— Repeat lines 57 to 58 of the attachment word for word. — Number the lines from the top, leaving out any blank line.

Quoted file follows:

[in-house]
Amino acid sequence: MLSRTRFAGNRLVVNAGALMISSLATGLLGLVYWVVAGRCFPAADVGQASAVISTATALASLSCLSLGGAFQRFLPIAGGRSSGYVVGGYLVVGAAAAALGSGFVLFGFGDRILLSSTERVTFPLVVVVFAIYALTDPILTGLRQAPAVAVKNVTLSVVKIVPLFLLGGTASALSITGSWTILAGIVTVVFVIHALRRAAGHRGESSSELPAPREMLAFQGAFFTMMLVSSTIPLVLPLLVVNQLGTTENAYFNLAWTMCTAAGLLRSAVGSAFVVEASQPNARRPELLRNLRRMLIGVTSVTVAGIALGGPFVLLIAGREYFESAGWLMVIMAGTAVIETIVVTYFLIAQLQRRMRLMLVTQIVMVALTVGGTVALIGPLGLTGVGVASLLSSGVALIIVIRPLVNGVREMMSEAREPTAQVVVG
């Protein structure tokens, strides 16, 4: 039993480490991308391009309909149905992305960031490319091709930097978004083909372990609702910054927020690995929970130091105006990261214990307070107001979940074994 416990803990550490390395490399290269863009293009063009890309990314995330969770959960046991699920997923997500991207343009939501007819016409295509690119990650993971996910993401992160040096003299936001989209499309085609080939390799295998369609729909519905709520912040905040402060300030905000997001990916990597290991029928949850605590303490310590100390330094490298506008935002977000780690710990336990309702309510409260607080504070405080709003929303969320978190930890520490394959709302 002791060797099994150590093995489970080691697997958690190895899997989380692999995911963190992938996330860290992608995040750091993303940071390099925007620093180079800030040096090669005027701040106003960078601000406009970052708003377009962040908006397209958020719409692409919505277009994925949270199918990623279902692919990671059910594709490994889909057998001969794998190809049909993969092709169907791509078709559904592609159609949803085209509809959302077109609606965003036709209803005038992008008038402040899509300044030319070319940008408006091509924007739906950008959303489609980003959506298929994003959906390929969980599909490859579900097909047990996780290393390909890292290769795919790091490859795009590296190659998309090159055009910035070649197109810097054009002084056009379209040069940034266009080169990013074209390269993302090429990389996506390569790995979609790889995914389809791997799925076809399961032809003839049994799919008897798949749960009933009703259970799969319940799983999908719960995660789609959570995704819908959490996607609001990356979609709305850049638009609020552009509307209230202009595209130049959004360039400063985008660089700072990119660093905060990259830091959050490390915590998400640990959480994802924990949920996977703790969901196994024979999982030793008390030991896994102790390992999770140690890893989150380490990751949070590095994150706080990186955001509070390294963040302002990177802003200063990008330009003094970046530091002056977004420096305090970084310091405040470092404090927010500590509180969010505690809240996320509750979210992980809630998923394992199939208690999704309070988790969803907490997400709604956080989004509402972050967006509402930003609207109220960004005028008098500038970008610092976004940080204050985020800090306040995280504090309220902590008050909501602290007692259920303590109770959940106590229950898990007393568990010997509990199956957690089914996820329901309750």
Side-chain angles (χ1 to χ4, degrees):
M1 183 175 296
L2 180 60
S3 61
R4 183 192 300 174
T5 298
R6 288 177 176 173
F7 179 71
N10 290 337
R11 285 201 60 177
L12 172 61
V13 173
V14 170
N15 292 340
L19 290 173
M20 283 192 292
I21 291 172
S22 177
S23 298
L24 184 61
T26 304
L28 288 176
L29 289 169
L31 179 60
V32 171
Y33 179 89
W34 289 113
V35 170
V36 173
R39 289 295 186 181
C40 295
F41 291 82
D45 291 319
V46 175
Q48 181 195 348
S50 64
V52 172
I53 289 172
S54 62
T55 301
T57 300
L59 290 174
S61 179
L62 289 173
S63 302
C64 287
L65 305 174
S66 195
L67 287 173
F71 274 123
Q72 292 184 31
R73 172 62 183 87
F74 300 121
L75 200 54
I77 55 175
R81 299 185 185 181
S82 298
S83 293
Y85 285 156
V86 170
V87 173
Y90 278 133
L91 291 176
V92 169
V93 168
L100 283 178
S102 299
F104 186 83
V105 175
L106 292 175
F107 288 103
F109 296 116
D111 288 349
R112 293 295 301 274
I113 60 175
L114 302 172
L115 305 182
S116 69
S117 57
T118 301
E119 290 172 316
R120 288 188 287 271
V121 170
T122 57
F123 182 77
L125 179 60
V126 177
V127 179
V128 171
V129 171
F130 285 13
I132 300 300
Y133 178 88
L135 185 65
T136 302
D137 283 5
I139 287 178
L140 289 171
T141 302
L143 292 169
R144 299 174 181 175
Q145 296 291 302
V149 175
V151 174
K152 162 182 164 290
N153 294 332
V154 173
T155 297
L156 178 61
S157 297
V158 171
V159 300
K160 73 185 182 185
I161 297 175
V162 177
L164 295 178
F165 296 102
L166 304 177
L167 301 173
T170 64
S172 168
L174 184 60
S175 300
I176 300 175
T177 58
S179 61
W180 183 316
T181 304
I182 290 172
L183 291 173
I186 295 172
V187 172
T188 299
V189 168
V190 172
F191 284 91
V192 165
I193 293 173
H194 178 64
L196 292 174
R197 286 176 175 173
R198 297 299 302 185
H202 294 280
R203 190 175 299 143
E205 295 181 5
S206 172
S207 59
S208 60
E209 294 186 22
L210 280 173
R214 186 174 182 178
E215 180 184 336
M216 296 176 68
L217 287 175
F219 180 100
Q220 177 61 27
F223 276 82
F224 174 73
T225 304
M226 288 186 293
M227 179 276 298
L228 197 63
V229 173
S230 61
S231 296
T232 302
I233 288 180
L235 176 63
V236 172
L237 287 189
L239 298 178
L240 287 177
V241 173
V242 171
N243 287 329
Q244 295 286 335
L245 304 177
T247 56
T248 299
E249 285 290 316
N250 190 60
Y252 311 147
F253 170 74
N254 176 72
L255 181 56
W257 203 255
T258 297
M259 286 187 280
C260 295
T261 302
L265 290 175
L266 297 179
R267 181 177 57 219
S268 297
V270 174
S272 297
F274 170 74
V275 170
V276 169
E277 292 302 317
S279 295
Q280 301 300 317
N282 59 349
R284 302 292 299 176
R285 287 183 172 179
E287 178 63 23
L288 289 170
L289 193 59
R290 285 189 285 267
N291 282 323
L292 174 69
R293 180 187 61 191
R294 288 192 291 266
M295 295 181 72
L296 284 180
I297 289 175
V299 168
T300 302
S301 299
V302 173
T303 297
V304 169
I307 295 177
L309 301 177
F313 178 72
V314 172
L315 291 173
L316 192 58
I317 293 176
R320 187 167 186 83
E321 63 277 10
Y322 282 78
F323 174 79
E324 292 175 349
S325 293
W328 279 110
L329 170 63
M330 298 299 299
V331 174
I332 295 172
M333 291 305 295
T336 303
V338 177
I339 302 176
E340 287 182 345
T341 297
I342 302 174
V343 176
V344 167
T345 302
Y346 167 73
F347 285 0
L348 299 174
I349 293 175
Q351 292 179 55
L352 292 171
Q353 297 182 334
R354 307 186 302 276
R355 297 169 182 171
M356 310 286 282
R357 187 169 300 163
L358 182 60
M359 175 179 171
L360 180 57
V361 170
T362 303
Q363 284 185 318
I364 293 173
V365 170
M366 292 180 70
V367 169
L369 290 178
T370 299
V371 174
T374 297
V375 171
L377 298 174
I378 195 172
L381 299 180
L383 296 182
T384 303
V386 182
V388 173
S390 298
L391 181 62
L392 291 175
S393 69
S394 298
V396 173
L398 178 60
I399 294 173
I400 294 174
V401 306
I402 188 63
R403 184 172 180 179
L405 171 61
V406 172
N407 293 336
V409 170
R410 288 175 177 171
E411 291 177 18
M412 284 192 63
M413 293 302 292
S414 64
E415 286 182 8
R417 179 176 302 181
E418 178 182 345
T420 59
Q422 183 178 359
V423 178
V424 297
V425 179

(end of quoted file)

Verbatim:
L75 200 54
I77 55 175